In order to reflect the spatial clustering effect more intuitively, the noise is first removed in Fig. 3(a), and then the centroid coordinates and the number of objects of the 6 clusters are calculated, followed by analysis with the ESRI’s desktop-side geographic information platform software ArcMap 10.1 software. The clustering results are marked on the scenic electronic map, as shown in Fig. 4. The large dots in the figure represent the center of each cluster, and the indicated number indicates the number of objects in each cluster. The cluster with the highest density displays 89 points, and the smallest cluster presents 46 points.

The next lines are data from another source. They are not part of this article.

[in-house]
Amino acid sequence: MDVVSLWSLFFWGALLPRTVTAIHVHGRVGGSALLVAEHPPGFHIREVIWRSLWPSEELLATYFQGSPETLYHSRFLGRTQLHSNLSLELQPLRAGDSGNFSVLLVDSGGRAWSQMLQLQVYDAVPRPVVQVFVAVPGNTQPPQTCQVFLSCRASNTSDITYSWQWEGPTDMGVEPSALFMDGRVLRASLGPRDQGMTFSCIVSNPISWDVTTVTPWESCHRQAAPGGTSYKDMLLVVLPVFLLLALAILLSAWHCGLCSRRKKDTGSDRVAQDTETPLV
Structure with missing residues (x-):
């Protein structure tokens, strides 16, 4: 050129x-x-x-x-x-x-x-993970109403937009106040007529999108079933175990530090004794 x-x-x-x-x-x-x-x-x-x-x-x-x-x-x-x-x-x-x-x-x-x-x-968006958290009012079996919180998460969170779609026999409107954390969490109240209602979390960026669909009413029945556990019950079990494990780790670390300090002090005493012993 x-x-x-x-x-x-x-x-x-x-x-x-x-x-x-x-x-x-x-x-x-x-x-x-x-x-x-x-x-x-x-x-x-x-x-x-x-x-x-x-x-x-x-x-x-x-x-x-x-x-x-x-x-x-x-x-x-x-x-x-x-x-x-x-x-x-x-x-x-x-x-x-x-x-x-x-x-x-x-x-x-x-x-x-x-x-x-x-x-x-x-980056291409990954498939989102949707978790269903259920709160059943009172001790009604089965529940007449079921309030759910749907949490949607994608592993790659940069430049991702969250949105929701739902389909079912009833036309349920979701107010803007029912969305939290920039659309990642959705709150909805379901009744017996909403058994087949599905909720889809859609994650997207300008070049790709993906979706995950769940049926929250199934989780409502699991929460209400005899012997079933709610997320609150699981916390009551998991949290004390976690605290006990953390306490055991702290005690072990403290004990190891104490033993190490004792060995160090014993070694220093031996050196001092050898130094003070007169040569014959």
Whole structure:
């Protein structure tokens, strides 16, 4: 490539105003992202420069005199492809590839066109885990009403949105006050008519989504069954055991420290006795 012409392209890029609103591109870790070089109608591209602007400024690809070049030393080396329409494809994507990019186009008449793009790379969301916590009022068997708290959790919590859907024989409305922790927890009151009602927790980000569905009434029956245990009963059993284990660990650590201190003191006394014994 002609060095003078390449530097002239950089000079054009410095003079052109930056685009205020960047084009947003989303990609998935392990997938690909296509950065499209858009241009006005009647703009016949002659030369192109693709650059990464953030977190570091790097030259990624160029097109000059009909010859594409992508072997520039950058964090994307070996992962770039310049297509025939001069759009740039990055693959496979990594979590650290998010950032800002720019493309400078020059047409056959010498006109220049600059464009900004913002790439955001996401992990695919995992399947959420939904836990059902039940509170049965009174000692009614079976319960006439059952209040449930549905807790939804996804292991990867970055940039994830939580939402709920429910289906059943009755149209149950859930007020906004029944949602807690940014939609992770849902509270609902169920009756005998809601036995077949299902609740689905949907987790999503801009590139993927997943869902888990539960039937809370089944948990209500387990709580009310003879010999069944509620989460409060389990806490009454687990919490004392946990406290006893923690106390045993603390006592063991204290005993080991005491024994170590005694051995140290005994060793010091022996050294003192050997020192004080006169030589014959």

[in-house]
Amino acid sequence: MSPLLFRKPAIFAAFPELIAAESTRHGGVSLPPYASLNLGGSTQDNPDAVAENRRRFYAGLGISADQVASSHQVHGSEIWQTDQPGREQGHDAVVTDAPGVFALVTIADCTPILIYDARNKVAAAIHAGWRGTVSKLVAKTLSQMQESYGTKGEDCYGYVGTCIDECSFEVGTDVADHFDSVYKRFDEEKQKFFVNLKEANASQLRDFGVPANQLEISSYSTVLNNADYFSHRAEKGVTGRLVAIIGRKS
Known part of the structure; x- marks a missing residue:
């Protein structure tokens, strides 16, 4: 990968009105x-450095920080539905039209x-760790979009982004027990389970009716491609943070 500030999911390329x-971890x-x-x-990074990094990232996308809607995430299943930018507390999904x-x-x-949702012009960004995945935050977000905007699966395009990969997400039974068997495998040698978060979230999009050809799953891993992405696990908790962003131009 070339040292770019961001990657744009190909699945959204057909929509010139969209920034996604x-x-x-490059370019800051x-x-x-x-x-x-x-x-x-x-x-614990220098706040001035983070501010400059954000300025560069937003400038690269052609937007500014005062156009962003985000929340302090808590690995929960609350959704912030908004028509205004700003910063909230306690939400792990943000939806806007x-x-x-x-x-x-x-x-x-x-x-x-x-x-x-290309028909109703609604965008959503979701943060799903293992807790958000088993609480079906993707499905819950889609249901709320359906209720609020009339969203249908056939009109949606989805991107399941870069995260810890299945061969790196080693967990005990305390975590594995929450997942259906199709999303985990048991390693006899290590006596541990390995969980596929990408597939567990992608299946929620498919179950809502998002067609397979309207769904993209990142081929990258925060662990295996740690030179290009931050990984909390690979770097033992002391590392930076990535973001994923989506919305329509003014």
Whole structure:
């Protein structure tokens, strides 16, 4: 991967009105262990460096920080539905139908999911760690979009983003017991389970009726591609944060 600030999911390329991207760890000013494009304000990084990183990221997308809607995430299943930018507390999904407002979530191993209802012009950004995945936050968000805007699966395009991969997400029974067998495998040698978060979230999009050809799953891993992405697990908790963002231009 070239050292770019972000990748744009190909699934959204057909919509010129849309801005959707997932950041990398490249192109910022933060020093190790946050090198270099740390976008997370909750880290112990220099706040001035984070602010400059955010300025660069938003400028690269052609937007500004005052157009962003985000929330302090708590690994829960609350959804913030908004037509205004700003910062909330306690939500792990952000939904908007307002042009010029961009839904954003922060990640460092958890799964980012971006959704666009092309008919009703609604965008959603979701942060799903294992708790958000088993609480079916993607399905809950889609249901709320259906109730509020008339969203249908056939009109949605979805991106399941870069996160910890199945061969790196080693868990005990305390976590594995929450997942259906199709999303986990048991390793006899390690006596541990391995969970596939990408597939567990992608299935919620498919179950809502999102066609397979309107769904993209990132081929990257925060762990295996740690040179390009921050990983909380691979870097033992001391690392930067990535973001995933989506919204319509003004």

Fig. 4.
Spatial distribution of clustering results on scenic maps.

On the basis of the clustering results in Fig. 1(a), a circle is plotted with the center of each cluster as the center and ε as the radius. For the scenic spots falling within the circle, the hot attribute value is set to the cluster containing the number of objects. For attractions out of any clusters, the hot value is set with distance d to the nearest cluster center, according to the following formula:

[TeX:] $$h=\frac{\varepsilon}{d} C$$

where represents the neighborhood radius of the cluster, and C is the number of objects of the cluster.